The Old Testament prophet, Obadiah, said, “On Mount Zion will be deliverance.” When I was a kid, I lived near a place called Mt. Zion. I assumed at the time, that it was the only Mt. Zion in the world. It was at the top of a hill (imagine that) and was the site of Mt. Zion Church and Mt. Zion Cemetery. Some of my relatives are buried there.
As I entered into adolescence and adulthood (as I’m sure you’ve guessed), I began to run across dozens (maybe hundreds) of Mt. Zion’s. They seemed to be everywhere…especially churches. You’ve seen some. They have names like Mt. Zion Church, Mt. Zion Chapel, and Mt. Zion Bible Fellowship.
It wasn’t until I was almost sixty that I had the privilege of standing on the real Mt. Zion–the first one. On that holy hill, my life was changed. It changed when Jesus died upon it two thousand years ago.
“My original Mt. Zion was in Elk County, PA–one of the most beautiful places on earth.”
I remember feeling as a young lad that Mt. Zion was a special place. Little did I realize then how special it truly was. I didn’t realize how special the real Mt. Zion would become to me a few years later.
Like most things, however, Mt. Zion has its darker side. Obadiah, like many of the Old Testament Prophets, didn’t have a lot of good things to say. That’s probably because the prophecies were about (and geared toward) people who weren’t doing a lot of good things.
“None of us like to be negative.”
None of us like to be negative. (Well, I guess some of us do, but contrary to popular opinion, I’m not one of them.) Yet, it’s the negativity in Scripture that sets up the positive message of salvation.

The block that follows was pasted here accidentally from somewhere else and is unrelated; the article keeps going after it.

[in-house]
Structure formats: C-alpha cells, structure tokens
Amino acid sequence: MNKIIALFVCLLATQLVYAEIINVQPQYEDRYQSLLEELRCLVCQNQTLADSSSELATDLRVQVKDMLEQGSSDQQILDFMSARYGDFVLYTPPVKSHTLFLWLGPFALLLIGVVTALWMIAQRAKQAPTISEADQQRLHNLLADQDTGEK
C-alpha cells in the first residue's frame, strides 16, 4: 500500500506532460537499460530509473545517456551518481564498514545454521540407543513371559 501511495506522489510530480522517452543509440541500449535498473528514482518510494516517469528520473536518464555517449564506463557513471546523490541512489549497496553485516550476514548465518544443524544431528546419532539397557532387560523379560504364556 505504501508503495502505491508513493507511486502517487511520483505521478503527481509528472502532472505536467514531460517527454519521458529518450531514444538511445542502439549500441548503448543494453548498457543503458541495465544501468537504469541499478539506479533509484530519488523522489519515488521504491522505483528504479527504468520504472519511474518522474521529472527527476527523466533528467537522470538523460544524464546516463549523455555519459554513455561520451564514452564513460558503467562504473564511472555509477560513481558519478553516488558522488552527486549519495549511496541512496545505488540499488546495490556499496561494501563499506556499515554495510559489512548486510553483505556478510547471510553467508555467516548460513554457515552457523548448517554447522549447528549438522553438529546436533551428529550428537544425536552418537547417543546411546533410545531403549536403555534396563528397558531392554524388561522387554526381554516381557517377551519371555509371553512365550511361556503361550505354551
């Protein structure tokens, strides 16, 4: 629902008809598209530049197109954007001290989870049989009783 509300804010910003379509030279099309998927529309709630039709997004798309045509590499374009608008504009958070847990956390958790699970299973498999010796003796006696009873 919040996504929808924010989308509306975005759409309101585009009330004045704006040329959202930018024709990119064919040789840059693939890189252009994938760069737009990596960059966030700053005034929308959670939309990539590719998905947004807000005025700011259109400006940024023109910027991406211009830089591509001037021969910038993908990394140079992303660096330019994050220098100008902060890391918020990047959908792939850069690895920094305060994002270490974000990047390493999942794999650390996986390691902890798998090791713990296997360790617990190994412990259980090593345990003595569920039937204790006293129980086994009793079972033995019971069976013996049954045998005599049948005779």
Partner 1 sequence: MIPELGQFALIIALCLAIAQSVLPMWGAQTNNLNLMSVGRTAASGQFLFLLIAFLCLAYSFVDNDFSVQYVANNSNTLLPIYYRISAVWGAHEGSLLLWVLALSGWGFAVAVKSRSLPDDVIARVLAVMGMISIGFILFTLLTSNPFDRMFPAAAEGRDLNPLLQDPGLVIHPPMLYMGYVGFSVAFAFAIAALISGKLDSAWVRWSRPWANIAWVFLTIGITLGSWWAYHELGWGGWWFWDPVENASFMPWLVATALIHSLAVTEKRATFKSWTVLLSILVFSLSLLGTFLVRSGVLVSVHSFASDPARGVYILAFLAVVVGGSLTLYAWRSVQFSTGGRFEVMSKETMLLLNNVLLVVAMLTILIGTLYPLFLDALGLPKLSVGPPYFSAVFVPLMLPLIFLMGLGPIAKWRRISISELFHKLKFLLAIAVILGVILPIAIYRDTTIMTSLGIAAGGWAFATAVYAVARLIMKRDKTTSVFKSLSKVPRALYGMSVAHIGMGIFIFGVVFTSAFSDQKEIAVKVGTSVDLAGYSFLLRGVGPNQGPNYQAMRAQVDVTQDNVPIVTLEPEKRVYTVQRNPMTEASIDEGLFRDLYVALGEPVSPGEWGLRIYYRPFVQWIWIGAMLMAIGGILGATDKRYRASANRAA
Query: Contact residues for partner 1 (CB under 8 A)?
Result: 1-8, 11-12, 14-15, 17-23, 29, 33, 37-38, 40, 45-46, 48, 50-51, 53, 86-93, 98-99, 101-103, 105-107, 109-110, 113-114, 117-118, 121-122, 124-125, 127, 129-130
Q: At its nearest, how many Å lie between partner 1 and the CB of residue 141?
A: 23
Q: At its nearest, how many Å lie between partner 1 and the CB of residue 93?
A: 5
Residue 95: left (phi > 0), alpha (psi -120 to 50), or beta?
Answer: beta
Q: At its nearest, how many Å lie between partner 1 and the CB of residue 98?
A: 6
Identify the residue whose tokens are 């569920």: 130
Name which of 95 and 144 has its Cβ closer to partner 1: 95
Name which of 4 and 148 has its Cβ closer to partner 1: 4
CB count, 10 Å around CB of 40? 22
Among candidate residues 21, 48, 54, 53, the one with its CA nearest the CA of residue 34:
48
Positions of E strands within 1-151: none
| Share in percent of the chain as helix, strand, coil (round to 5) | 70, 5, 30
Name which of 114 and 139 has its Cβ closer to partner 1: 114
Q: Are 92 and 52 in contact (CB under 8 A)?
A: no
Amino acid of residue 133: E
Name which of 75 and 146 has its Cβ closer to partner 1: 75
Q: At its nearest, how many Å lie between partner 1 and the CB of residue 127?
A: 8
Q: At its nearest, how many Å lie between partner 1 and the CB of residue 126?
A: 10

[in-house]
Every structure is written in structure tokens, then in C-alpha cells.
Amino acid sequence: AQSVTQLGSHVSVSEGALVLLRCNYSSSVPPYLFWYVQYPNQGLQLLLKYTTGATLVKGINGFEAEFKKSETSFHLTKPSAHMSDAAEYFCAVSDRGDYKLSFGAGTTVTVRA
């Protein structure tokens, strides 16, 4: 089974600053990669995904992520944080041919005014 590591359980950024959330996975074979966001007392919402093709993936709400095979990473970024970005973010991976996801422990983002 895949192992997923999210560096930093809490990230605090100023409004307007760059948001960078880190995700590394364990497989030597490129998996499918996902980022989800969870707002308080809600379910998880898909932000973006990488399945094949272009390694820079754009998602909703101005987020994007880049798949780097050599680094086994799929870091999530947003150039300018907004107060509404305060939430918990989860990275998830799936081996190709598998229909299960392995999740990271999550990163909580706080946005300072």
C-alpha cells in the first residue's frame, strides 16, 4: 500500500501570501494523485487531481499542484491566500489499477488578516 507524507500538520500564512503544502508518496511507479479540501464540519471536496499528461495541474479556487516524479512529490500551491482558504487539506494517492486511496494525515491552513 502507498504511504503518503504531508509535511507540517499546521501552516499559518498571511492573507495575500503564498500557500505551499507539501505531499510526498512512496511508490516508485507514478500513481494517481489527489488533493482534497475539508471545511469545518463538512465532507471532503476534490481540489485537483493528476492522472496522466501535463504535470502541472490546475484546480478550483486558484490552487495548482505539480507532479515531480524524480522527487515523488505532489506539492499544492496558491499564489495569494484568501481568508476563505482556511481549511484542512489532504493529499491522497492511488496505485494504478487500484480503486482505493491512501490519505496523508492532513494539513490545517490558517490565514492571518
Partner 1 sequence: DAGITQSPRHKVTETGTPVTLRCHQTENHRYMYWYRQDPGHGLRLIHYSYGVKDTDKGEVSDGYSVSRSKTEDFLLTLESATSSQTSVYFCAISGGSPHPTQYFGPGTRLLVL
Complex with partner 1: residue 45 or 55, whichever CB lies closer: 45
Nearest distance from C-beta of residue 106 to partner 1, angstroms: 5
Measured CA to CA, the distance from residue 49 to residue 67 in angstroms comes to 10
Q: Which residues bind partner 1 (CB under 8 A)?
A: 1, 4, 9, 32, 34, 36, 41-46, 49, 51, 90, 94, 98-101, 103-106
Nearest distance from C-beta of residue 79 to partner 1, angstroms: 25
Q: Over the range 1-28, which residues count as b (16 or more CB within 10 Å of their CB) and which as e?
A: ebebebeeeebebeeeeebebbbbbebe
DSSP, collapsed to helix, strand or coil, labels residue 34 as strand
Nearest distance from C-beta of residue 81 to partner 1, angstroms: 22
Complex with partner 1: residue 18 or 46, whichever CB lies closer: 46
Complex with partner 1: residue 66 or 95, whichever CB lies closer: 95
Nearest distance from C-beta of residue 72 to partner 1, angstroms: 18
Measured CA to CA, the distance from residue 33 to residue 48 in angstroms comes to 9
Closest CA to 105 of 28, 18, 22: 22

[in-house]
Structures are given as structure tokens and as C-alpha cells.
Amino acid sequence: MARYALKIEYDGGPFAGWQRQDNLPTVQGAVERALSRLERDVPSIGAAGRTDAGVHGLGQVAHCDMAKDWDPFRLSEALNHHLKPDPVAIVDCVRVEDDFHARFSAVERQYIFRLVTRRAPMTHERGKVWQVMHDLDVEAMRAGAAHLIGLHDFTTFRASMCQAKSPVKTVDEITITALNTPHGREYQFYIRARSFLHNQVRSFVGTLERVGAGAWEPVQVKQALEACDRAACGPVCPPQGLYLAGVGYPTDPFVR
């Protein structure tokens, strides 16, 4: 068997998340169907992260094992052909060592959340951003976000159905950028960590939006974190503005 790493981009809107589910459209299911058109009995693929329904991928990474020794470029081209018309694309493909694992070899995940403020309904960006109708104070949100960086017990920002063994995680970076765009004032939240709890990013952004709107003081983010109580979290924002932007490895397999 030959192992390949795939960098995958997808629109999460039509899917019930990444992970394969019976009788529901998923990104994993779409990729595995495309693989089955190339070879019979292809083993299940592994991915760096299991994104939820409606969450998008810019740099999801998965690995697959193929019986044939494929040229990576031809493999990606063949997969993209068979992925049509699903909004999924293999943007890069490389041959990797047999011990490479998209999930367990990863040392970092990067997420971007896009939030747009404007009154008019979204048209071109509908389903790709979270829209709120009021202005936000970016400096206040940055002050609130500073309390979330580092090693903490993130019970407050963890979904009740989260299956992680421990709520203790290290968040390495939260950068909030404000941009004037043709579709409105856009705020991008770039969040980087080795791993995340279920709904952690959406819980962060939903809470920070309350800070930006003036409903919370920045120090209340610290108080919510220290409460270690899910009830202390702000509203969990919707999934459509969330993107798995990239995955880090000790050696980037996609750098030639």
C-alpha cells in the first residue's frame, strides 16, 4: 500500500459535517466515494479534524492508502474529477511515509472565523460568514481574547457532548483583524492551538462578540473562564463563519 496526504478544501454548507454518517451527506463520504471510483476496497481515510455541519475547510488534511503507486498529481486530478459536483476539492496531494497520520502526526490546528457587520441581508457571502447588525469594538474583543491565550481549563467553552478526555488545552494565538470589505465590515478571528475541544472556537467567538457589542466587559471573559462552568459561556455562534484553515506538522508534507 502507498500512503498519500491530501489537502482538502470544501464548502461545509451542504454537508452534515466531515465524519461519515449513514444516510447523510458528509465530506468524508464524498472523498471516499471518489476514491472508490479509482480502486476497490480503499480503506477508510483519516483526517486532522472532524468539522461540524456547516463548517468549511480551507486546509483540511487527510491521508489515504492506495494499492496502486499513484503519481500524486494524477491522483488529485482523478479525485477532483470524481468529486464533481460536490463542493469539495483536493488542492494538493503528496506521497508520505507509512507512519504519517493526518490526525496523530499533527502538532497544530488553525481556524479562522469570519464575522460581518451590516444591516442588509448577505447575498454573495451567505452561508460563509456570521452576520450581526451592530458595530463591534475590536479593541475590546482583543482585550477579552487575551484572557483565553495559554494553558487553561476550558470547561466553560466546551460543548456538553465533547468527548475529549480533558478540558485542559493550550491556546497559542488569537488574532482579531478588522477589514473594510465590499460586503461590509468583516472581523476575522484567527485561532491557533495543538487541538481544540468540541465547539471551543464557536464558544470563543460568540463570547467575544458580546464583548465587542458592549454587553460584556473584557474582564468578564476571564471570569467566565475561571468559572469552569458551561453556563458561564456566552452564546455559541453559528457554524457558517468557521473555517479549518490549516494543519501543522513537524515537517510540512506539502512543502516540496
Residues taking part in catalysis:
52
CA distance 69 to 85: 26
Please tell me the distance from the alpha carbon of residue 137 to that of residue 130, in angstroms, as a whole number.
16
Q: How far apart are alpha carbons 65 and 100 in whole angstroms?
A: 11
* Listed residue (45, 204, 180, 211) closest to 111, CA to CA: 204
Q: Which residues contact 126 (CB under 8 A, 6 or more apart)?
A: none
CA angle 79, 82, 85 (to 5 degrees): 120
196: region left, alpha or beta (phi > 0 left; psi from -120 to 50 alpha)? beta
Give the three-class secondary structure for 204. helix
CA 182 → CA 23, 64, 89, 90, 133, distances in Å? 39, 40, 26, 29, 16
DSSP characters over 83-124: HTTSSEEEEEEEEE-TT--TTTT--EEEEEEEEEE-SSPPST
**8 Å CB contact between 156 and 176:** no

Obadiah is one of the shorter books in the Bible. It’s so short, it’s not divided into chapters as most of them. It consists of twenty-one verses.
The message of Obadiah is a call to arms. The call is against a little place named Edom. Apparently that’s where Obadiah called home. Because of that little fact, he knew it well, and he knew it needed to go down.
It’s a tough thing to pronounce judgment against your own. Maybe that’s why his writing is so short. It could have easily gotten lost among the volumes included in Scripture. In fact, it is indeed overlooked much of the time.
Obadiah’s call for warlike deliverance on Mt. Zion must have been hard for him to deliver. It’s no small thing to postulate, predict, or prophesy. And yet he did.
There are times in the church when we are faced with the same dilemma–times when we sense the need to come against our own. These days there are in-church battles over abortion, homosexuality, and a variety of other major topics.
It’s not easy to take a stand against your own. I would simply suggest we do what the Presbyterian brethren like to say—do it “decently and in order.”